Summary and Price Action Rundown
Global risk assets are retreating this morning as news that President Trump has contracted Covid-19 compounds investor concerns over the outlook for US politics and policy. S&P 500 futures indicate a 1.6% lower open after the index closed 0.5% higher yesterday, upping its year-to-date gain to 4.6%, which is about 5.5% below early September’s record high. Equities in the EU are also down, while Asian markets were mixed amid widespread holiday closures. Demand for safe haven assets is providing modest support for the dollar, while longer-dated Treasury yields are also reflecting rising demand, with the 10-year yield at 0.66%. Brent crude prices are extending this week’s steep downtrend, falling below $40 per barrel.
Political Uncertainty Intensifies Following President Trump’s Covid-19 Diagnosis
In an already fraught election season, last evening’s news that President Trump, the First Lady, and a key White House staffer have tested positive for the coronavirus has deepened investor anxieties over the political and policy outlook. Financial markets are reflecting heightened risk aversion following the news overnight from Washington, as investors grapple with the potential ramifications of these developments. The key area of uncertainty is of course the election, with President Trump off the campaign trail for a few weeks at a minimum and only a month to go before Americans go to the polls. Joe Biden and his team will certainly need to release their Covid-19 testing status as soon as practicable, and the likelihood of one or more follow-up debates to this week’s first installment have clearly declined. Meanwhile, analysts are pondering whether the slim prospects of the fiscal stimulus package have been impacted in any way, as House Speaker Pelosi and Treasury Secretary Mnuchin had been making halting progress toward a compromise over the last few days (more below). Similarly, some commentators now expect that the process of confirming Amy Coney Barrett to the Supreme Court is more likely to be delayed until after the election. On the economics front, there is speculation that the President’s high-profile infection will underscore the high transmissibility and continued virulence of Covid-19 to the general public, a view that is congruent with the pre-market selloffs in airline, travel, and other equity sectors that are adversely impacted by coronavirus concerns. Lastly, analysts are bracing for a lack of transparency from the White House over President Trump’s ongoing condition, citing the example that the severity of UK Prime Minister Johnson’s illness with coronavirus was not disclosed until after his recovery.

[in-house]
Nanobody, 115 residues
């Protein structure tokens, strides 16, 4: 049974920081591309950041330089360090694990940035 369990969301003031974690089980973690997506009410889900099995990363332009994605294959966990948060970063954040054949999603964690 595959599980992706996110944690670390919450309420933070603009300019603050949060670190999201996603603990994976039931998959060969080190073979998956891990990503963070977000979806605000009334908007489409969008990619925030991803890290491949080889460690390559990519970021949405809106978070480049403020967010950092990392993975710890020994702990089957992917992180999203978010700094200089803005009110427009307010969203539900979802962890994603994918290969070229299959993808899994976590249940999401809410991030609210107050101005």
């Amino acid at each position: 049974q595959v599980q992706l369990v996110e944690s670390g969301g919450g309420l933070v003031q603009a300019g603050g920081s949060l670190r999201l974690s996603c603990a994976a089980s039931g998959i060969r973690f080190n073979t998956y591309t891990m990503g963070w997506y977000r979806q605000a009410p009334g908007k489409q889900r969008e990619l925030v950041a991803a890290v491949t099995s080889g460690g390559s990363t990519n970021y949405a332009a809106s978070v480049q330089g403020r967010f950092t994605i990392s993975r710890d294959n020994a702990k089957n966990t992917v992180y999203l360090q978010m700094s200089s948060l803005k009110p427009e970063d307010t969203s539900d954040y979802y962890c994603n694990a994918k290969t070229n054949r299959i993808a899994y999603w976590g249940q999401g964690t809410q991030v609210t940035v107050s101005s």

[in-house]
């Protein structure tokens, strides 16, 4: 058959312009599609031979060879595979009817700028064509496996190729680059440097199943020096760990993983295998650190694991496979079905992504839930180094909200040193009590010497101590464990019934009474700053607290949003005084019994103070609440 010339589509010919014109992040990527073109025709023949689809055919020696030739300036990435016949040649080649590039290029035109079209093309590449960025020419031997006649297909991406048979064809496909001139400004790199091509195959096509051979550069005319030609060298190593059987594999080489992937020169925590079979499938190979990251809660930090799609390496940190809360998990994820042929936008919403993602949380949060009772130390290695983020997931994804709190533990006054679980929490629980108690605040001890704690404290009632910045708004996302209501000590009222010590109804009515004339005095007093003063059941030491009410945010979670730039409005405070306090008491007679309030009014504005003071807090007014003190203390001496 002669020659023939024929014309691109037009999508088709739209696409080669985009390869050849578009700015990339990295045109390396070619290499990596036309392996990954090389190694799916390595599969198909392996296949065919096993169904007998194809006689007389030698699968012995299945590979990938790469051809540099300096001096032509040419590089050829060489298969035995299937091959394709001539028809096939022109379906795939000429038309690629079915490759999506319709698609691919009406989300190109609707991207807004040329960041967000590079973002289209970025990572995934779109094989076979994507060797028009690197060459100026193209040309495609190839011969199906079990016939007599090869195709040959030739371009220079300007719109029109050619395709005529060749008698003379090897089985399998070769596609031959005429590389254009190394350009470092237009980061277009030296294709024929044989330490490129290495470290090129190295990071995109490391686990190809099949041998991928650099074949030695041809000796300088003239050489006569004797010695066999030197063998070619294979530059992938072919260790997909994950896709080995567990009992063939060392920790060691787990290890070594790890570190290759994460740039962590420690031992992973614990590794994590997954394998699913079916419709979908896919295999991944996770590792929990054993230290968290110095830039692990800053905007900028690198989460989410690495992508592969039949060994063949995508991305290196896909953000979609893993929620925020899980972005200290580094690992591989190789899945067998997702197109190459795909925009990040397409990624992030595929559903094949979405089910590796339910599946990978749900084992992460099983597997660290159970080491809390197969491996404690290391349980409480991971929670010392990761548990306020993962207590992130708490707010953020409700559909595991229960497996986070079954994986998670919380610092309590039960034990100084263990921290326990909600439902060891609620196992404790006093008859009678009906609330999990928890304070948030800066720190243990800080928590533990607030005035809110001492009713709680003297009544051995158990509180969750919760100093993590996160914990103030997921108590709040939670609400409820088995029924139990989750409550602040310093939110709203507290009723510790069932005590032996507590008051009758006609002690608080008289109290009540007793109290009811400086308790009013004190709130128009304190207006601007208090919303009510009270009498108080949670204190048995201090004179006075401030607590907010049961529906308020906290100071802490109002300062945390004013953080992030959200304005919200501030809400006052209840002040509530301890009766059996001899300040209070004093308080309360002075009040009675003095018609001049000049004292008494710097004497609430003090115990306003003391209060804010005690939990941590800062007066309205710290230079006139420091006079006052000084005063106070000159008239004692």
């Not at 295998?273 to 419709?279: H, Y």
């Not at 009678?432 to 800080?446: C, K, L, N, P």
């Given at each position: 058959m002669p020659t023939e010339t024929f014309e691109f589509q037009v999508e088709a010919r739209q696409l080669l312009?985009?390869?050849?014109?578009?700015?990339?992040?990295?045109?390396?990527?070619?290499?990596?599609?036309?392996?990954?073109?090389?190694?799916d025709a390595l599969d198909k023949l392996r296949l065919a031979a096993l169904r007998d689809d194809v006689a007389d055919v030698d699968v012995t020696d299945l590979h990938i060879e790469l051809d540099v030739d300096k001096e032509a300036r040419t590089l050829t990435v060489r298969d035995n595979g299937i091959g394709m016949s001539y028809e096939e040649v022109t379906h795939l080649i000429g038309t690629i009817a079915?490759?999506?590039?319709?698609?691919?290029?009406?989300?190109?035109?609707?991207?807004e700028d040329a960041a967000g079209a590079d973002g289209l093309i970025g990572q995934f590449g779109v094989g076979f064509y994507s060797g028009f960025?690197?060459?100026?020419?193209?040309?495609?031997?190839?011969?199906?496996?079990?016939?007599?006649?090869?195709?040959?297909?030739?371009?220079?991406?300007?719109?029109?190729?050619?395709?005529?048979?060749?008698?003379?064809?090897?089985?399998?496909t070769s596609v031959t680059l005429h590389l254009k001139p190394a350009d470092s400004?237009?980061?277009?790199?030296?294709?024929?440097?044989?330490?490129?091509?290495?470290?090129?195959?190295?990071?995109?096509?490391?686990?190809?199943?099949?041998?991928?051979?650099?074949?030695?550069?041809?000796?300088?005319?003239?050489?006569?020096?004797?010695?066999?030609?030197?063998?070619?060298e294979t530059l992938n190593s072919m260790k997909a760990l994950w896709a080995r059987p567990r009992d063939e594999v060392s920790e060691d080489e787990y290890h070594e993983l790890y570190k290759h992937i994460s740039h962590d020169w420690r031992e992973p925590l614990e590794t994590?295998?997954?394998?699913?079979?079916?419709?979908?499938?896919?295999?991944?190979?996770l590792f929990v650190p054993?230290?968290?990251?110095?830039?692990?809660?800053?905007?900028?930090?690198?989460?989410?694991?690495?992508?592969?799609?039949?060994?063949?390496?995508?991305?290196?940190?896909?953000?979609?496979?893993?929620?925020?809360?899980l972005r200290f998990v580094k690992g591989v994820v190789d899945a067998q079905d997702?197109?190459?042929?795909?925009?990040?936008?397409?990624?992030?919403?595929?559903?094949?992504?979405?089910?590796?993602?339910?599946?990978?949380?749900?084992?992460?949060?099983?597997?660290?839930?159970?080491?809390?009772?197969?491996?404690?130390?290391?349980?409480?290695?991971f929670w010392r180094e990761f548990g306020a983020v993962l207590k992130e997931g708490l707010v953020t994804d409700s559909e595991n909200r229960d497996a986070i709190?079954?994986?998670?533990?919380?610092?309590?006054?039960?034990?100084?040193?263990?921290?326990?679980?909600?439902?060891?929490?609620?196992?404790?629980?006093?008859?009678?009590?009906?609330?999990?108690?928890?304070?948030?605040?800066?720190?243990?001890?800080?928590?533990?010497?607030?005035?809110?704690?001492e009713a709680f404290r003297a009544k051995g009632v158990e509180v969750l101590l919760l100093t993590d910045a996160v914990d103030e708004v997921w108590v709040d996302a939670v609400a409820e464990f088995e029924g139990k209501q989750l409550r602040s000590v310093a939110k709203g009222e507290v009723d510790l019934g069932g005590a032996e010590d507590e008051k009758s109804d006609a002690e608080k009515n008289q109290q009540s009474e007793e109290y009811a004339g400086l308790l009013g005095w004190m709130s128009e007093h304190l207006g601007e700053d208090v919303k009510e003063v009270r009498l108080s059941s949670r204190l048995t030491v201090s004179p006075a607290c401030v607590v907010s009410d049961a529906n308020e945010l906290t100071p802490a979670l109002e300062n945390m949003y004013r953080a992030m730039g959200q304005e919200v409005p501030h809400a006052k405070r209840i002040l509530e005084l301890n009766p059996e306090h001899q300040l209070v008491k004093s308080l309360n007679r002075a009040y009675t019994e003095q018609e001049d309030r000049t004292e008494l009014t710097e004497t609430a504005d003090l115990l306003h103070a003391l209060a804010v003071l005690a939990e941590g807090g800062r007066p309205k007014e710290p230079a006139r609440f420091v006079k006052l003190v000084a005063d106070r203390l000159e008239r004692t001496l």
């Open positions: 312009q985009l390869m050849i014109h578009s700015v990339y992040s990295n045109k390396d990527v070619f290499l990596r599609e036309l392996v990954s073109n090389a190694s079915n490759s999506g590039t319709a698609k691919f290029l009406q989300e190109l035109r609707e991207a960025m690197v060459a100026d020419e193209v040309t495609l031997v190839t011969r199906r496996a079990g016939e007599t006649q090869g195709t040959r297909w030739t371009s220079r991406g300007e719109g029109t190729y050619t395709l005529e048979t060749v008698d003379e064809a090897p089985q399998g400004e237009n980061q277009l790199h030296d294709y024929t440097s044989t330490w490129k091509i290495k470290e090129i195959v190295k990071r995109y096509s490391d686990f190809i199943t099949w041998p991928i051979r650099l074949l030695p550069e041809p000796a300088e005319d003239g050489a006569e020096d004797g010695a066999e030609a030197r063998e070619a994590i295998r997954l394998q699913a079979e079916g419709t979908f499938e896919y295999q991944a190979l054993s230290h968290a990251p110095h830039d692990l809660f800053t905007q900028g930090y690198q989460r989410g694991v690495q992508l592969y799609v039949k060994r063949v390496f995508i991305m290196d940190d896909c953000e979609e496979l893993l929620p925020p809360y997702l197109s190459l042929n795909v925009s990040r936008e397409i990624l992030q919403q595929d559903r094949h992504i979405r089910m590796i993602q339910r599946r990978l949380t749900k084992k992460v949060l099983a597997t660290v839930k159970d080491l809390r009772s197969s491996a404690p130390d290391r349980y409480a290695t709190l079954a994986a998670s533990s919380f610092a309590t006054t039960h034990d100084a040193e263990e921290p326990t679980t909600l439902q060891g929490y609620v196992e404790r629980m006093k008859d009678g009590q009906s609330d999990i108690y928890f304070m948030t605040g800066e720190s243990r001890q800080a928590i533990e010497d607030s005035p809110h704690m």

US Nonfarm Payrolls Due
Amid heightened uncertainty over the prospects for the US economic recovery, today’s key September labor market data is expected to remain robust. Nonfarm payrolls are projected to show 850K new jobs after the US economy added 1.371 million jobs in August, down from 1.734 million in July, and only slightly below market forecasts of 1.4 million. That left payrolls 11.5 million below pre-pandemic levels as more than 22 million jobs were lost in March and April. This comes amid worrisome headlines on the employment front from Walt Disney, which has announced 28,000 layoffs due to diminished attendance at theme parks, depressed cruise demand, and struggles at retail outlets. Airlines are also poised to begin cutting headcount as government stimulus rolls off this week, with around 40,000 expected to be impacted. Other US economic data this week has been mixed, with August personal income surprising to the downside, while personal spending and inflation for that month was perkier than estimated, and the manufacturing purchasing managers’ index for September remained in robustly expansionary territory.
Slim Fiscal Stimulus Hopes – Effort to forge a compromise stimulus package are expected to continue today despite the President’s diagnosis, as House Democrats and the White House remain at odds over remaining gaps, particularly the amount of state aid and degree of unemployment benefit augmentation. The House passed the Democrat-drafted $2.2 trillion version of the bill last night, which was expected to be the final step before a month-long recess, though Speaker Pelosi has indicated that talks will continue today.
Looking Ahead – With investor attention affixed on the US political and policy situation, the President’s health, and market volatility, next week’s relatively light economic calendar is likely to garner only modest notice. The minutes of the Fed’s September meeting have the greatest potential to move markets, to the extent they provide additional insight on the announced policy and forecast shifts. Global service sector purchasing managers’ indexes (PMIs) for September are due as well, alongside another week of US jobless claims data, a gauge of small business optimism, and a decision by the Reserve Bank of Australia.